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Spritesheet animation storage


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#1 MasterJaySC   Members   -  Reputation: 107

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Posted 12 March 2014 - 04:28 PM

Hey,

 

First post one here :-)

 

I've been going through the SFML game dev book and so far I have learnt a lot. The one thing I am somewhat stuck on is the animation.

 

I am trying to make a platformer as an excuse to learn about all aspects of game making and the various systems necessary to make a game. Anyways, I have written an Animation class which is basically that used in the book with some minor alterations, you can see the vanilla Animation class here:

 

https://github.com/LaurentGomila/SFML-Game-Development-Book/tree/master/08_Graphics

 

This is the class described in the book, but functionally it is the same as mine. Essentially you load a spritesheet which contains all the frames of the animation sequence and shift the drawn sprite along the sheet to create the illusion of motion, so far nothing particularly earth-shattering. The issue that I am having is in trying to implement multiple animated actions into my player character and enemy mobs.

 

Most tutorials deal with the drawing and animation mechanic itself but never really go into too much detail as to how one would manage different mobs/players with different animated actions in a smart way without resorting to tonnes of subclasses or some unweildy case handling.

I was wondering if anybody could share some of their wisdom regarding this issue smile.png

 

Thanks

 



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#2 EricsonWillians   Members   -  Reputation: 288

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Posted 12 March 2014 - 11:38 PM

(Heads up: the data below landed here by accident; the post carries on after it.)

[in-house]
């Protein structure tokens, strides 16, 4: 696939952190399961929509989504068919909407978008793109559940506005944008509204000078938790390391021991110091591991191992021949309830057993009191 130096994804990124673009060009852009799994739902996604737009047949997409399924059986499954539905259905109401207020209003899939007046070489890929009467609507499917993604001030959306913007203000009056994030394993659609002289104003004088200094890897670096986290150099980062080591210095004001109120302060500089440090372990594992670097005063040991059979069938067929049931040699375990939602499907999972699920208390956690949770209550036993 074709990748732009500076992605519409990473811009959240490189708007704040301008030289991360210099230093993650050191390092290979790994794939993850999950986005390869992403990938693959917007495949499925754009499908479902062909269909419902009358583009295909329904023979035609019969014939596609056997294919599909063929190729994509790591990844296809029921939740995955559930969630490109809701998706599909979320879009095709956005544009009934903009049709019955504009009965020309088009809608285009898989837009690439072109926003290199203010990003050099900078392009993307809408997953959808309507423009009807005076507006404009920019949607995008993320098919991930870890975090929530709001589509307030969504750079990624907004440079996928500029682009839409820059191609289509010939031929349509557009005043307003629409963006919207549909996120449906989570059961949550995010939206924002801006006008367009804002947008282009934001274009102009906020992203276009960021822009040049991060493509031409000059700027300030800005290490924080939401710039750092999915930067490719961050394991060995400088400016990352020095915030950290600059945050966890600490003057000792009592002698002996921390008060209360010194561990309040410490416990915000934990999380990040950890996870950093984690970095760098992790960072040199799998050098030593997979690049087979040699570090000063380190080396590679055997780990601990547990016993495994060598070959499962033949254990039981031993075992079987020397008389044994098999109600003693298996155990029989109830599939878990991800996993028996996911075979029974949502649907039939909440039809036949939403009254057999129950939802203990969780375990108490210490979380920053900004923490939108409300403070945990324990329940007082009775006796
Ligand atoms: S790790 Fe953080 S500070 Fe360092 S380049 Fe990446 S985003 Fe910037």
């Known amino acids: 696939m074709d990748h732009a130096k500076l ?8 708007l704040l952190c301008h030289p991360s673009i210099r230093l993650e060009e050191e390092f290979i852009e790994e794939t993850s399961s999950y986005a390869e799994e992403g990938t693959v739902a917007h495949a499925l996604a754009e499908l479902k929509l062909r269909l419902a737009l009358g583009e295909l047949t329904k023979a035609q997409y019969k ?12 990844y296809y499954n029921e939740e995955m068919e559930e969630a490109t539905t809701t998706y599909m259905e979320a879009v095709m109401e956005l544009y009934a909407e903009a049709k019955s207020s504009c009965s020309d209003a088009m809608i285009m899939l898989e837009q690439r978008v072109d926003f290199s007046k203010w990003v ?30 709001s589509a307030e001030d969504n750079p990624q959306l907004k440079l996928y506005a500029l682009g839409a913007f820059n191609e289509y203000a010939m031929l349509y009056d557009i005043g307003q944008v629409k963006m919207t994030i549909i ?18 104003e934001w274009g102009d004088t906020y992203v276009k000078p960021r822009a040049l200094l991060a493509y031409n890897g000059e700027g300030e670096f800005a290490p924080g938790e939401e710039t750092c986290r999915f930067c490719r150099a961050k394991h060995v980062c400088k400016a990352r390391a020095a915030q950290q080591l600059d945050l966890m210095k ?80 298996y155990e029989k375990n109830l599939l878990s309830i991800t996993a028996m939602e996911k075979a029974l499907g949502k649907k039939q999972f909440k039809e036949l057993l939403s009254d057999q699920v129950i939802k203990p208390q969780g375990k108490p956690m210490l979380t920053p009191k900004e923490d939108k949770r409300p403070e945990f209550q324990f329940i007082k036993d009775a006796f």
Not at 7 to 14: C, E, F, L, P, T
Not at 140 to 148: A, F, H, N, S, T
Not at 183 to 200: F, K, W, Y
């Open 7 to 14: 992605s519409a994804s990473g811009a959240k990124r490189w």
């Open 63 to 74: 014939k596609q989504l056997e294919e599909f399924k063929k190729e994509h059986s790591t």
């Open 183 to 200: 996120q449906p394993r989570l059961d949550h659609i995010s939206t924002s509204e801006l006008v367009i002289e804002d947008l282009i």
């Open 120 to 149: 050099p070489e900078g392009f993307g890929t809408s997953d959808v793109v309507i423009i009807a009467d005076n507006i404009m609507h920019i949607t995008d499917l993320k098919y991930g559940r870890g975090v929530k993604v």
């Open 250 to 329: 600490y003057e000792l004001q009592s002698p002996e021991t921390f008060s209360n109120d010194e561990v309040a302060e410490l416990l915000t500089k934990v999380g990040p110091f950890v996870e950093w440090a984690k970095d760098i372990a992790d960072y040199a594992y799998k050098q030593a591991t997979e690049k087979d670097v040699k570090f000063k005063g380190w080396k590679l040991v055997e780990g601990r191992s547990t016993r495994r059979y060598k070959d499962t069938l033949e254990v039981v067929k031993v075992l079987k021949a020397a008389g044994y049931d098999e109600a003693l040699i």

I was dealing with this a few moments ago, developing my first game made with my engine. You'll need logic to deal with it.

 

Suppose you have a player class and three animation-lists in it (I'm programming in Python, but anyway, the way you loop through the frames is irrelevant here (I'll use some half-python/half-pseudocode here)):

class Player():

   walk = [frame1, frame2, frame3, frame4, ...]
   run = [frame1, frame2, frame3, frame4, ...]
   die = [frame1, frame2, frame3, frame4, ...]

   def animate(animation):
       # Animate the whole sequence.

Now, in your event-handling part of the code:

while not done:

    # Here you're not mixing the animations by using some logic considering the nature of the animation and how it gets executed. At each frame, if shift is pressed, the "walk" animation never gets executed and, thefore, it does not get mixed.

    if keyRight or keyLeft:
        if keyShift: 
            Player.animate(run)
        if not:
            Player.animate(walk)

But, unfortunately, you'll need a bit more logic.

while not done:

    if Player not DEAD:
        if keyRight or keyLeft:
            if keyShift: 
                Player.animate(run)